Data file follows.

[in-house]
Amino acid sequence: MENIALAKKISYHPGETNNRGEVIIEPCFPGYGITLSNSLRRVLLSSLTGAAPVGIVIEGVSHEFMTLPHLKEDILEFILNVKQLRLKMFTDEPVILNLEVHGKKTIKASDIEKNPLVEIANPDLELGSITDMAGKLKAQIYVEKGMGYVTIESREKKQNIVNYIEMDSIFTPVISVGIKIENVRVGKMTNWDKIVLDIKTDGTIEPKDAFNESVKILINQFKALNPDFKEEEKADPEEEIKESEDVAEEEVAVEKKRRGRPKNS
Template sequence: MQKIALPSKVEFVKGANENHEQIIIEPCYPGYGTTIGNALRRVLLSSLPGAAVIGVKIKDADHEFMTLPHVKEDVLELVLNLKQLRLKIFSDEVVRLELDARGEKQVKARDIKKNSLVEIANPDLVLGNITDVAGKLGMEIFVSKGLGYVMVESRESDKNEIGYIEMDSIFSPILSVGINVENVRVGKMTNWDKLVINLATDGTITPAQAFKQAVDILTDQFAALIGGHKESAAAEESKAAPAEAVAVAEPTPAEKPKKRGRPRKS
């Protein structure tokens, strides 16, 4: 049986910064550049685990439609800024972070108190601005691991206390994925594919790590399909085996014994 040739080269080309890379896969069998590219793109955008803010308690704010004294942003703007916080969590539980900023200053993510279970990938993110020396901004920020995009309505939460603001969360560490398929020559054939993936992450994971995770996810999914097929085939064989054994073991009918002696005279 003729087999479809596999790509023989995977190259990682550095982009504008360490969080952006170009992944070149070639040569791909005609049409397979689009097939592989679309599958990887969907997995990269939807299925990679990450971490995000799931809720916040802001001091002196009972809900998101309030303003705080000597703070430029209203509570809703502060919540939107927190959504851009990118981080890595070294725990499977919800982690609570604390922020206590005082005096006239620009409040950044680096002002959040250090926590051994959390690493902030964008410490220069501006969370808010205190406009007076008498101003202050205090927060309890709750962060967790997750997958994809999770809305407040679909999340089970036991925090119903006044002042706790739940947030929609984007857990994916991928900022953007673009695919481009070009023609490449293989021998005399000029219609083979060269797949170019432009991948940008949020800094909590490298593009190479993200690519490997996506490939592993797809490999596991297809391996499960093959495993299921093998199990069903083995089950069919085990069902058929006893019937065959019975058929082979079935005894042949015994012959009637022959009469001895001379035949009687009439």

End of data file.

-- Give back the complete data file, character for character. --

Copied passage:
[in-house]
Amino acid sequence: MENIALAKKISYHPGETNNRGEVIIEPCFPGYGITLSNSLRRVLLSSLTGAAPVGIVIEGVSHEFMTLPHLKEDILEFILNVKQLRLKMFTDEPVILNLEVHGKKTIKASDIEKNPLVEIANPDLELGSITDMAGKLKAQIYVEKGMGYVTIESREKKQNIVNYIEMDSIFTPVISVGIKIENVRVGKMTNWDKIVLDIKTDGTIEPKDAFNESVKILINQFKALNPDFKEEEKADPEEEIKESEDVAEEEVAVEKKRRGRPKNS
Template sequence: MQKIALPSKVEFVKGANENHEQIIIEPCYPGYGTTIGNALRRVLLSSLPGAAVIGVKIKDADHEFMTLPHVKEDVLELVLNLKQLRLKIFSDEVVRLELDARGEKQVKARDIKKNSLVEIANPDLVLGNITDVAGKLGMEIFVSKGLGYVMVESRESDKNEIGYIEMDSIFSPILSVGINVENVRVGKMTNWDKLVINLATDGTITPAQAFKQAVDILTDQFAALIGGHKESAAAEESKAAPAEAVAVAEPTPAEKPKKRGRPRKS
């Protein structure tokens, strides 16, 4: 049986910064550049685990439609800024972070108190601005691991206390994925594919790590399909085996014994 040739080269080309890379896969069998590219793109955008803010308690704010004294942003703007916080969590539980900023200053993510279970990938993110020396901004920020995009309505939460603001969360560490398929020559054939993936992450994971995770996810999914097929085939064989054994073991009918002696005279 003729087999479809596999790509023989995977190259990682550095982009504008360490969080952006170009992944070149070639040569791909005609049409397979689009097939592989679309599958990887969907997995990269939807299925990679990450971490995000799931809720916040802001001091002196009972809900998101309030303003705080000597703070430029209203509570809703502060919540939107927190959504851009990118981080890595070294725990499977919800982690609570604390922020206590005082005096006239620009409040950044680096002002959040250090926590051994959390690493902030964008410490220069501006969370808010205190406009007076008498101003202050205090927060309890709750962060967790997750997958994809999770809305407040679909999340089970036991925090119903006044002042706790739940947030929609984007857990994916991928900022953007673009695919481009070009023609490449293989021998005399000029219609083979060269797949170019432009991948940008949020800094909590490298593009190479993200690519490997996506490939592993797809490999596991297809391996499960093959495993299921093998199990069903083995089950069919085990069902058929006893019937065959019975058929082979079935005894042949015994012959009637022959009469001895001379035949009687009439």